Dr. Claire Barlow is a researcher at Cambridge University Engineering Department and works on the environmental aspects of production, use, and disposal of engineering materials. She has investigated many aspects of the lifecycle impact of plastic packaging, including the relative impacts of different packaging materials and better ways of recycling plastics.


A note from the editor:

The topic of sustainability with respect to consumer items and especially food is a vast and complex one, as well as being extremely important. Unfortunately, it was only possible to touch on one small aspect in this article: that of packaging materials. And even then, there wasn’t space to go into some of the newer technologies in this space, such as edible biodegradable coatings. Hopefully, we will have an article on this in the future. Another key point is the importance of proper disposal of all waste, not just plastic. Landfill does not provide good conditions for biodegradation, so if biodegradable packaging is thrown into the normal waste, it will still persist in the landfill for a very long time.

This article can be used as a starting point for a wider discussion of this topic. In particular, the environmental cost of food waste is often neglected and deserves more attention. How perishable foods are packaged is, of course, only one small factor. There are some resources provided at the end of the article to help introduce this topic, and the following points could be discussed:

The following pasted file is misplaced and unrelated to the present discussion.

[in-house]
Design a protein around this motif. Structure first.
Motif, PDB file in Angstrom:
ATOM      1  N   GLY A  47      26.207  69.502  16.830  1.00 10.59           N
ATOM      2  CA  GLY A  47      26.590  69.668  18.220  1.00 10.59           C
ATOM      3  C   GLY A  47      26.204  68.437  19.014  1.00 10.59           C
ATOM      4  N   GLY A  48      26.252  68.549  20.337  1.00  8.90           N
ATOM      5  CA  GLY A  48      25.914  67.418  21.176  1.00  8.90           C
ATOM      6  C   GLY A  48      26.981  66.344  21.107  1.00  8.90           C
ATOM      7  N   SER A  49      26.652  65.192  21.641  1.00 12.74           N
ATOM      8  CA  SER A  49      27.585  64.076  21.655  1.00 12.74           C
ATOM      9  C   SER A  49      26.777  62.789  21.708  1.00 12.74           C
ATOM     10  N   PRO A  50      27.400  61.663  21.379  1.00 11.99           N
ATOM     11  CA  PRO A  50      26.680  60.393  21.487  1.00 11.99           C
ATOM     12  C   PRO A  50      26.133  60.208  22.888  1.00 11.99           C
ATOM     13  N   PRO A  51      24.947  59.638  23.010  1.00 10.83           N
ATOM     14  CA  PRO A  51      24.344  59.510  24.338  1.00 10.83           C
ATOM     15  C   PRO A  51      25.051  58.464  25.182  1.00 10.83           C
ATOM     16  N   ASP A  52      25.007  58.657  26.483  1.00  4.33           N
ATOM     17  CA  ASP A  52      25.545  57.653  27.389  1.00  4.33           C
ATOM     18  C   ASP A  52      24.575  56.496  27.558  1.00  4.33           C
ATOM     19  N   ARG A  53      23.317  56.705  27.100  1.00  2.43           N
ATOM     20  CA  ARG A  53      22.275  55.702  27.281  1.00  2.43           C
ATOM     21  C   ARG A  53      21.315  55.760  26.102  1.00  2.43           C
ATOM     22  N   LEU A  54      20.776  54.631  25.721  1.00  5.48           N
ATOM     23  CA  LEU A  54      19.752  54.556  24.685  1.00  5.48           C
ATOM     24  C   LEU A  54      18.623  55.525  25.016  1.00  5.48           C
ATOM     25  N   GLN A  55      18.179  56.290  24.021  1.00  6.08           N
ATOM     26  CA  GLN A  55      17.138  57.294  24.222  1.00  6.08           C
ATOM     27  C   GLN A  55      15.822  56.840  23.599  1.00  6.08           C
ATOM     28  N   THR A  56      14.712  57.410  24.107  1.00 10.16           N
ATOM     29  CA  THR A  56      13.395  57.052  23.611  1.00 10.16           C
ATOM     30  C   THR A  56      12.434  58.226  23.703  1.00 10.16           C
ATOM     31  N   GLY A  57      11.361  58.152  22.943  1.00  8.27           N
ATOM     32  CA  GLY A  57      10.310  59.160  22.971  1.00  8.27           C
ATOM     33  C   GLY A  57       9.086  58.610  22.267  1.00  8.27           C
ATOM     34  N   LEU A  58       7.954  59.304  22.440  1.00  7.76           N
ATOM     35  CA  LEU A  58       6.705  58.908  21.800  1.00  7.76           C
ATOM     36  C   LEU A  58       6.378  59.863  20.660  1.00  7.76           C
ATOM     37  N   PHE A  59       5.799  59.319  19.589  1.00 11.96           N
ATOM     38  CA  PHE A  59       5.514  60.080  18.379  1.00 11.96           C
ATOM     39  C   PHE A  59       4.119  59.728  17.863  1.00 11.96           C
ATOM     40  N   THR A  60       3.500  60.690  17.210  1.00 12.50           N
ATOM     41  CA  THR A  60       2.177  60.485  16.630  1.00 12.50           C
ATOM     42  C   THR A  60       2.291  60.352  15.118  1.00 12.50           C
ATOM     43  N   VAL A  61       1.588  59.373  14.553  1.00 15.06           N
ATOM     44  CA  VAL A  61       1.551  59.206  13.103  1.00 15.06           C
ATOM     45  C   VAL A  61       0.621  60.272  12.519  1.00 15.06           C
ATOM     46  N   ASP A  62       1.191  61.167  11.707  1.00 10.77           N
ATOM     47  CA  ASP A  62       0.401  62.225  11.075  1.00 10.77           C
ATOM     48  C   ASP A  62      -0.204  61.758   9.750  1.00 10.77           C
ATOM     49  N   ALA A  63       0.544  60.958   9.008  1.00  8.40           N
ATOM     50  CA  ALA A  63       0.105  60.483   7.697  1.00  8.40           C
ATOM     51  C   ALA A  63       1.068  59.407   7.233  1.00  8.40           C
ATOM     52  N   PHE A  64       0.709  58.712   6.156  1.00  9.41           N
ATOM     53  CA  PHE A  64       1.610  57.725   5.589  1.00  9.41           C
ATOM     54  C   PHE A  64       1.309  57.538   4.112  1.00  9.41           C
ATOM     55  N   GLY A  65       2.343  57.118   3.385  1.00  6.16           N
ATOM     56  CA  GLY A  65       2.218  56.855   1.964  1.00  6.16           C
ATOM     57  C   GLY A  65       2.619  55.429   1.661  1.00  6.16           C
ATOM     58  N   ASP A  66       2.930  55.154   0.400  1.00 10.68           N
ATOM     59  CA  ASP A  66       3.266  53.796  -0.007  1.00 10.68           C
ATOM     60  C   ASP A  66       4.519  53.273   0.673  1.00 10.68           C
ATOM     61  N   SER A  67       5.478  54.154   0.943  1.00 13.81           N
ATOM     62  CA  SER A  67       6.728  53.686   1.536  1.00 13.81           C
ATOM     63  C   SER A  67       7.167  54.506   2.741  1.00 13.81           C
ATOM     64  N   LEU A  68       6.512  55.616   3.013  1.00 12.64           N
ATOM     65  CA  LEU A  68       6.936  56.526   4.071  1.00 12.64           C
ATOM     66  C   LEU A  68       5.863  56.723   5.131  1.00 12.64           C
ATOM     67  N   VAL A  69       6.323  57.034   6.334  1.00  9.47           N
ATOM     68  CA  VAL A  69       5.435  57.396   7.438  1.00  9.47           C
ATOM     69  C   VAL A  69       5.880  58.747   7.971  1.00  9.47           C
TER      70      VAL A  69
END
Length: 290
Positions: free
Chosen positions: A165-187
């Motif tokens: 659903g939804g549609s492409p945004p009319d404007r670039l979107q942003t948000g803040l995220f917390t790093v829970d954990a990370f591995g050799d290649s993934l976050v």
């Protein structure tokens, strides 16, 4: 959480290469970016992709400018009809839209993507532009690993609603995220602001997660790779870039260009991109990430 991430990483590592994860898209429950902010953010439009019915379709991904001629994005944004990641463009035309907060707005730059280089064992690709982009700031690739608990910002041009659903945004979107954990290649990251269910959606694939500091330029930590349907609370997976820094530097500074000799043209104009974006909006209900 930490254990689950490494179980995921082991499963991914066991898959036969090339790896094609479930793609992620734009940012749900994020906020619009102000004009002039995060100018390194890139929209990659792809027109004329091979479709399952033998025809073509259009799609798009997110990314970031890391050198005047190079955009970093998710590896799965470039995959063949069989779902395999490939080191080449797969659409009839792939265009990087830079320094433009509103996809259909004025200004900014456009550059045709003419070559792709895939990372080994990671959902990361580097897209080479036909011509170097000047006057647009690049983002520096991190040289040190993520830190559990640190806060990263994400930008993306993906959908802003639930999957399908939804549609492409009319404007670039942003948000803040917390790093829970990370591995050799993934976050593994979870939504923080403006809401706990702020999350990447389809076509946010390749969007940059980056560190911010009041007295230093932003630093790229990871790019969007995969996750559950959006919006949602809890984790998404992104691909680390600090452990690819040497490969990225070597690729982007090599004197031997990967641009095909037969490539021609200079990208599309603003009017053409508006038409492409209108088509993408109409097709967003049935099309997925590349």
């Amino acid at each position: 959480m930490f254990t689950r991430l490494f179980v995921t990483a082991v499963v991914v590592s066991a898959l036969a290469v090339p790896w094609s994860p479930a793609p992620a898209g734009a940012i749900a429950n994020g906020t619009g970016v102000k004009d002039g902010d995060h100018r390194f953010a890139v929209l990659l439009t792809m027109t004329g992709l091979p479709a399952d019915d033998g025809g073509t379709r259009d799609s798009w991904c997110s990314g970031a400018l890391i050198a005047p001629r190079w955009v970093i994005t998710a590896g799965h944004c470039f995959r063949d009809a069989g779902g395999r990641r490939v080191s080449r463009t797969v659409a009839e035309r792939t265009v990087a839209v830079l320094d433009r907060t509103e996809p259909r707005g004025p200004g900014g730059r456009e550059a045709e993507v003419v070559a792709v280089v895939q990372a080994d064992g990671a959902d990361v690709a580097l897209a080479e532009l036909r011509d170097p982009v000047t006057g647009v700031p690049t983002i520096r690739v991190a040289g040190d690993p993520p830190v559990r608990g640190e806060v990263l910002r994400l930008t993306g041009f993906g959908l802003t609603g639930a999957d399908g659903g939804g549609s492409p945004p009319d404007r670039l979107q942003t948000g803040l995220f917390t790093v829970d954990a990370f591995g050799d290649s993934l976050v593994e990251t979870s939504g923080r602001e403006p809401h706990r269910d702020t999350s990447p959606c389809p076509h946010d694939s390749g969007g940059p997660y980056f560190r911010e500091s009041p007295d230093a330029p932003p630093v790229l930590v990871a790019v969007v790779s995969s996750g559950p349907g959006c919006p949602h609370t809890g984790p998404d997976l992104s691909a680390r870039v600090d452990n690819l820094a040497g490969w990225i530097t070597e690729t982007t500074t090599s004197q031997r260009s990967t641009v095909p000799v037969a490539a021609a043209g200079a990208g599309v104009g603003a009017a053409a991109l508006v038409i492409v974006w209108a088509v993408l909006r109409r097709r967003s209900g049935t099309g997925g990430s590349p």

• Imagine the fruit and veg section of a supermarket. Do you often see produce running low or older produce displayed, or are the displays usually piled high with perfect new produce? Do you think all this produce is purchased before it goes bad? Why do supermarkets do this? (Hint: look up “Illusion of abundance”). What could be done to solve this?
  • Approximately what percentage of food waste is due to consumers throwing food away? What are the behaviours that contribute to this and what can individuals do to minimize their contribution to food waste?
  • What are the factors that contribute to food waste? Consider all stages of the process: production, distribution, retail, and consumption.
  • What steps could be taken to reduce waste at these different stages?
  • Do some of those steps rely on individuals changing their behaviour? How can this be encouraged?
  • What role can legislation play? What about consumer pressure?
  • Ask students to go to the supermarket and pick some products with “green” claims on the packaging. Discuss whether these claims are really meaningful or just a cynical marketing gimmick.

As this article shows, the evidence doesn’t always match people’s gut feelings, and the best option isn’t always easy to identify. People can land up focusing so much on just one very visible factor (e.g., plastic litter) that other equally important factors (carbon footprint, water footprint) are overlooked. We need to guard against being misled by wishful thinking or conveniently oversimplified explanations and ensure that we take meaningful, evidence-based action to help the environment.

Dr Tamaryin Godinho, Executive Editor, Science in School


Text released under the Creative Commons CC-BY license. Images: please see individual descriptions